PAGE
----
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Leveson: contradictions and a crisis of credibility
Since the Leveson inquiry began in November politicians have taken turns to take the stand, profess a desire to defend press freedom and lament the power of the media tycoons they once courted, before being given the opportunity to re-write history.
This week the cast list featured the most senior politicians in Westminster, including David Cameron and Nick Clegg. The first to re-write their page of history however was former prime minister Gordon Brown.
In office Brown equalled Tony Blair in epitomising New Labour, only with less media panache. As the architect of New Labour's pro-market polices he courted big business - indeed Rupert Murdoch claimed Brown to be the prime minister he felt closest to.
Brown also ran an obsessive media operation through spin doctors Charlie Whelan and Damien McBride, which ruthlessly briefed against political enemies, both inside and outside his own party.
Yet Brown's testimony portrayed a man bullied by the press, who knew nothing of the machinations of his press officers, and who felt bound by office to dine with Murdoch and Rebekah Brooks, whose own evidence he contradicted.
If this version of history lacked credibility it was no less dubious than the evidence of chancellor George Osborne who sneered his way through a testimony in which he dismissed conspiratorial ties between the Murdoch empire and the Tories as the imaginings of fantasists.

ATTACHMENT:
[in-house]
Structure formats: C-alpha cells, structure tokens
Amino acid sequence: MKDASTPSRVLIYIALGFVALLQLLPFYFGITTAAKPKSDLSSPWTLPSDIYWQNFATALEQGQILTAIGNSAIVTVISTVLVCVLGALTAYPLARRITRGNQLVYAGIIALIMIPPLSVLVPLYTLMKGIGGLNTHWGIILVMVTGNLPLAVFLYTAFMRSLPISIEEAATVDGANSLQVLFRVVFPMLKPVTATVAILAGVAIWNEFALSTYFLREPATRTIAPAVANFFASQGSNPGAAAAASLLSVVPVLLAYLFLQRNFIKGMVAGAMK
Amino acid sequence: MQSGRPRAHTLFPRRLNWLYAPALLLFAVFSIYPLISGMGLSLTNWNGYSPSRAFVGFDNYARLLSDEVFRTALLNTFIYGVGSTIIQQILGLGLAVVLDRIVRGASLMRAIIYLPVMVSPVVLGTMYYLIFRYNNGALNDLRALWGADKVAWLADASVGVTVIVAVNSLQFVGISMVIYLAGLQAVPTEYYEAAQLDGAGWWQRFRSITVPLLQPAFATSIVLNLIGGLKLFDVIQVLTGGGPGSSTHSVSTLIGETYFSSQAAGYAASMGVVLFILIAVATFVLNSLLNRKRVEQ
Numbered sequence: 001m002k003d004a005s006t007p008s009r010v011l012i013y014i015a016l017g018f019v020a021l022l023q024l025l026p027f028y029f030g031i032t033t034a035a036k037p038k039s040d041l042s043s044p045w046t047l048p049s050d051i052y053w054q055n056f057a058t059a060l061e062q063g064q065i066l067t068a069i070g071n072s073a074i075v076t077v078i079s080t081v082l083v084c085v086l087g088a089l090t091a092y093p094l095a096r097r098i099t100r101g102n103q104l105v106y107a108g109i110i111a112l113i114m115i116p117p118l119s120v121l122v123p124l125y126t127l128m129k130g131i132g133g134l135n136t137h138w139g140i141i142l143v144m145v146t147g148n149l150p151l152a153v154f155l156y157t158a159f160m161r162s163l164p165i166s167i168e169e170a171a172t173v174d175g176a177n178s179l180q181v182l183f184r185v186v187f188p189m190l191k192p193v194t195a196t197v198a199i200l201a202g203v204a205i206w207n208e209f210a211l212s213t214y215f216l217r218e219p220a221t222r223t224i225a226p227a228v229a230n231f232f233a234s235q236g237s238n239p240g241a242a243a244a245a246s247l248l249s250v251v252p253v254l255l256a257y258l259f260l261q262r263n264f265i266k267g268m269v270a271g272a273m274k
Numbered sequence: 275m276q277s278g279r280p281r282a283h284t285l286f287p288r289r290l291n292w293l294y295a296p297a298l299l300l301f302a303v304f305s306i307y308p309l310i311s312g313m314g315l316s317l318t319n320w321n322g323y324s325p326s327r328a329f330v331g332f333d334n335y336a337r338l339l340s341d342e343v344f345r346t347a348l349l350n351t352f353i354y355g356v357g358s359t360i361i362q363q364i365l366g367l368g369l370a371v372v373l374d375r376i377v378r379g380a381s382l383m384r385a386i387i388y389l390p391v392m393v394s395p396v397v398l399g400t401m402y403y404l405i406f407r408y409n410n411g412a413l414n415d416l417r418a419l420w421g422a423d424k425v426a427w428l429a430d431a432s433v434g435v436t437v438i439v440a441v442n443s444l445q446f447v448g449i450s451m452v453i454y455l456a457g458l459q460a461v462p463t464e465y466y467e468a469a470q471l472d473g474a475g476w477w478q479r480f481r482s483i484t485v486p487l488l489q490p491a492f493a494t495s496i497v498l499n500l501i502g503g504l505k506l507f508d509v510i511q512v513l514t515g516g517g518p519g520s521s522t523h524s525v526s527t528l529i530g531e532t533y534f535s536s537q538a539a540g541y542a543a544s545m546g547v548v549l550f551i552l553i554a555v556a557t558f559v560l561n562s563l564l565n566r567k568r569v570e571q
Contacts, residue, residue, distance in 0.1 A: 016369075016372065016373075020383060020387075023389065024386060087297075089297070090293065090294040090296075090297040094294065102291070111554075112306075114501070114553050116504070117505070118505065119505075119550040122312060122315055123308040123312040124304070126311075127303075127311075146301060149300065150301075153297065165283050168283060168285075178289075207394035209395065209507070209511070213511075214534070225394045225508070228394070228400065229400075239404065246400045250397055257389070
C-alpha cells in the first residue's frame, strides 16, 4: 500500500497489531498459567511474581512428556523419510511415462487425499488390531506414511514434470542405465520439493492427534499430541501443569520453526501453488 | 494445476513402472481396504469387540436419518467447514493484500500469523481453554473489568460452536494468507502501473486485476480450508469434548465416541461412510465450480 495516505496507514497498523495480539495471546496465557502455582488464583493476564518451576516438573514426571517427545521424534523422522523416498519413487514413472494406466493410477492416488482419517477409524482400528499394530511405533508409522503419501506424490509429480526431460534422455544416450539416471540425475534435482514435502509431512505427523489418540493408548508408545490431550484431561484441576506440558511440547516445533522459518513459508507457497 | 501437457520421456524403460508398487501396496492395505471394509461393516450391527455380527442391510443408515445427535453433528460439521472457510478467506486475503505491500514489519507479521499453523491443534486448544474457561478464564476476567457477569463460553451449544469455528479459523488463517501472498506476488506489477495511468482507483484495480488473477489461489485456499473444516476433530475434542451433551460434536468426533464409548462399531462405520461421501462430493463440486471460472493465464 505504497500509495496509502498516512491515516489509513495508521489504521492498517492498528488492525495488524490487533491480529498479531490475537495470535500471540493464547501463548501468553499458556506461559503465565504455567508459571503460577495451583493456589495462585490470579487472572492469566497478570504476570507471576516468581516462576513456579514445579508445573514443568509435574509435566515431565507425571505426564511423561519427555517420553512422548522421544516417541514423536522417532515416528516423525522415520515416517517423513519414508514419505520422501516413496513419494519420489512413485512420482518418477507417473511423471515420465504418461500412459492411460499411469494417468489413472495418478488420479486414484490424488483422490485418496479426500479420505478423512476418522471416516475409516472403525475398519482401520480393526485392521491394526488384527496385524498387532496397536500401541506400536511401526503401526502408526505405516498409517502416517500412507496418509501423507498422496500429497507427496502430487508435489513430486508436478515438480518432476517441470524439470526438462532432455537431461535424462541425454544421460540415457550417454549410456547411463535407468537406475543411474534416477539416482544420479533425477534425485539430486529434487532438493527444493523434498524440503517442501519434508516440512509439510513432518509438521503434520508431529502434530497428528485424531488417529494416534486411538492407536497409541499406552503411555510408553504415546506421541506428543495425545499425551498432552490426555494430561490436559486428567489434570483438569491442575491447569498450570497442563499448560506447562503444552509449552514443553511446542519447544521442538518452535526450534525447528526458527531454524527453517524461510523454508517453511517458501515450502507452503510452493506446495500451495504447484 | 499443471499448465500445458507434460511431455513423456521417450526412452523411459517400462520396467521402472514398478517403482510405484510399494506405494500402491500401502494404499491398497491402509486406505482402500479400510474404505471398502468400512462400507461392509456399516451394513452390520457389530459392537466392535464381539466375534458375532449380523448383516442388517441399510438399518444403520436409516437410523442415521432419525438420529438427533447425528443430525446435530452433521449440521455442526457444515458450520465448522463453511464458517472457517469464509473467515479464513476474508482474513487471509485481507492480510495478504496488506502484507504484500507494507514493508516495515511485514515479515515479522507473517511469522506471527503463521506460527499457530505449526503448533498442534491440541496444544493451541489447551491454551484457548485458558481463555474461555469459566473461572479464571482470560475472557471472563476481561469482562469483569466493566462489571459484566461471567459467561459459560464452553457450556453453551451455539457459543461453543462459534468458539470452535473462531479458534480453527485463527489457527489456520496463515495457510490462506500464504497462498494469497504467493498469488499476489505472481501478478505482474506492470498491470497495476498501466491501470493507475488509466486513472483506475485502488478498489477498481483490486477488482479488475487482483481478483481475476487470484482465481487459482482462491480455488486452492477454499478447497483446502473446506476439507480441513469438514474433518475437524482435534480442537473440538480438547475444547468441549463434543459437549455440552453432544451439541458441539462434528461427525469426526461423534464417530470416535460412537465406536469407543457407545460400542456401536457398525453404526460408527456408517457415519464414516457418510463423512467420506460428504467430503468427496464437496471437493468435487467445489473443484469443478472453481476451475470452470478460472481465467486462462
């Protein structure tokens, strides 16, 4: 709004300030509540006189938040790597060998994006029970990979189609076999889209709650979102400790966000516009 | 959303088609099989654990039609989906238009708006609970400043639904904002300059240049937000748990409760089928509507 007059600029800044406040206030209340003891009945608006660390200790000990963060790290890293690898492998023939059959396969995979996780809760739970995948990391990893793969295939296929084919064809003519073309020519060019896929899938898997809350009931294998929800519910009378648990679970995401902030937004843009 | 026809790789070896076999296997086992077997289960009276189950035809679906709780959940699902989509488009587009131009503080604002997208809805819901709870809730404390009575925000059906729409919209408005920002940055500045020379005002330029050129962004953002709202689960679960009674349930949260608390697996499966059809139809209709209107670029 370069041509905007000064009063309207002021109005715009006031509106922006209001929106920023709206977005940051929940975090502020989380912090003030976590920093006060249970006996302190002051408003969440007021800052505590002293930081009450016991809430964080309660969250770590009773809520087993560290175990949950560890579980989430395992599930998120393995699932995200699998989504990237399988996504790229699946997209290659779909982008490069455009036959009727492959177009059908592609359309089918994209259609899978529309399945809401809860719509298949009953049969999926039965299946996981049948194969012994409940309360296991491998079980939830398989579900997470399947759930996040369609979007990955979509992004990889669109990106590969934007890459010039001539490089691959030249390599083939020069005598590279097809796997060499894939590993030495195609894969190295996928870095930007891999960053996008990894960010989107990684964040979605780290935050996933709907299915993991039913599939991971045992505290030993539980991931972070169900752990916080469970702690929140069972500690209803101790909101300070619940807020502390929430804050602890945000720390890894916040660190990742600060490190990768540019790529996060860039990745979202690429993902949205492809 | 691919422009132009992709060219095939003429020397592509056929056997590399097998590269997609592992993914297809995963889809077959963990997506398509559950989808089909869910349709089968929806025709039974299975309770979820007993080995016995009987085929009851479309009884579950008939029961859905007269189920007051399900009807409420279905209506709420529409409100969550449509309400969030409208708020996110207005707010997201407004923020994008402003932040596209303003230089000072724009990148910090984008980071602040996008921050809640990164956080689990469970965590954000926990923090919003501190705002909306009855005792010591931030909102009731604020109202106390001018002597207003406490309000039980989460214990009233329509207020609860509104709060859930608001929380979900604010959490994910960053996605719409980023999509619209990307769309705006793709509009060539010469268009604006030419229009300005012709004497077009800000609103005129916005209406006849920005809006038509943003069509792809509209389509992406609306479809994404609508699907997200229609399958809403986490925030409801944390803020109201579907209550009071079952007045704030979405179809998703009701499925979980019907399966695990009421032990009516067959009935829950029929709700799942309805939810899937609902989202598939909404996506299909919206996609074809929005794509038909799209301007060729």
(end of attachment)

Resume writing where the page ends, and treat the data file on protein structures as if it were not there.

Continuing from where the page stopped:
The chancellor claimed to have 'no view' on the Murdoch bid for BSkyB, the political furore over which still threatens to force Tory minister Jeremy Hunt from office. Osborne went on to casually defend his appointment of Andy Coulson, who was recently arrested for perjury in relation to the trial of Tommy Sheridan.
If the evidence given by these politicians seems far from convincing, the fact they could present it unchallenged exposes the limitations of the inquiry. Osborne may scoff at conspiracy claims, yet his government exists in a world where corporate lobbying and political favours are the norm.
While conspiratorial criminal activity within News International has been revealed, what the inquiry truly casts light on is the collaboration of the ruling class. From media moguls to politicians, the judiciary and the highest ranks of the police force, the wealthy in society will always network and collude to advance and defend their interests.
The inquiry continues to lay bare the class realities of how the establishment operates and as David Cameron re-writes his own history on Thursday he will now struggle to hide the fact that his party governs on the orders of boardrooms and businessmen - not the ballot box.